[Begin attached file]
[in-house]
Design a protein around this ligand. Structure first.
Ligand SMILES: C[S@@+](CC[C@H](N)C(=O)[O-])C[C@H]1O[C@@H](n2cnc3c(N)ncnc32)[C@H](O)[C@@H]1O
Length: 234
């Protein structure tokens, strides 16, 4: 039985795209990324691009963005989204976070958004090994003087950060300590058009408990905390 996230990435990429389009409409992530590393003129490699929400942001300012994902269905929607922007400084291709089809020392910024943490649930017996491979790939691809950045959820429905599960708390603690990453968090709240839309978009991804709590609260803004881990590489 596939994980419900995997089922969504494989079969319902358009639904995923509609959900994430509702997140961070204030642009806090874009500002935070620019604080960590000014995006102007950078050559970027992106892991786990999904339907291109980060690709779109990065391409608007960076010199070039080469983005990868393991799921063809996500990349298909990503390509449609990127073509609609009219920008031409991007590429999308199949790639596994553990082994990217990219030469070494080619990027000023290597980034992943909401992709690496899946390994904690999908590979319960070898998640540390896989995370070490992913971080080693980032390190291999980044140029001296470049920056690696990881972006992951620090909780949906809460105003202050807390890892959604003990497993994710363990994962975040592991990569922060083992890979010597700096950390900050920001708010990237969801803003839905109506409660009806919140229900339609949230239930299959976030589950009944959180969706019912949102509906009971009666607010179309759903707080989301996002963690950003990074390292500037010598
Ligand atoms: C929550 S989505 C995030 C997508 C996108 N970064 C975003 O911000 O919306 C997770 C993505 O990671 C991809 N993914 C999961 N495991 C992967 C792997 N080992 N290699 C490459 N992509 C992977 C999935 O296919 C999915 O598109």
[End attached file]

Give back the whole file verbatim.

[in-house]
Design a protein around this ligand. Structure first.
Ligand SMILES: C[S@@+](CC[C@H](N)C(=O)[O-])C[C@H]1O[C@@H](n2cnc3c(N)ncnc32)[C@H](O)[C@@H]1O
Length: 234
């Protein structure tokens, strides 16, 4: 039985795209990324691009963005989204976070958004090994003087950060300590058009408990905390 996230990435990429389009409409992530590393003129490699929400942001300012994902269905929607922007400084291709089809020392910024943490649930017996491979790939691809950045959820429905599960708390603690990453968090709240839309978009991804709590609260803004881990590489 596939994980419900995997089922969504494989079969319902358009639904995923509609959900994430509702997140961070204030642009806090874009500002935070620019604080960590000014995006102007950078050559970027992106892991786990999904339907291109980060690709779109990065391409608007960076010199070039080469983005990868393991799921063809996500990349298909990503390509449609990127073509609609009219920008031409991007590429999308199949790639596994553990082994990217990219030469070494080619990027000023290597980034992943909401992709690496899946390994904690999908590979319960070898998640540390896989995370070490992913971080080693980032390190291999980044140029001296470049920056690696990881972006992951620090909780949906809460105003202050807390890892959604003990497993994710363990994962975040592991990569922060083992890979010597700096950390900050920001708010990237969801803003839905109506409660009806919140229900339609949230239930299959976030589950009944959180969706019912949102509906009971009666607010179309759903707080989301996002963690950003990074390292500037010598
Ligand atoms: C929550 S989505 C995030 C997508 C996108 N970064 C975003 O911000 O919306 C997770 C993505 O990671 C991809 N993914 C999961 N495991 C992967 C792997 N080992 N290699 C490459 N992509 C992977 C999935 O296919 C999915 O598109």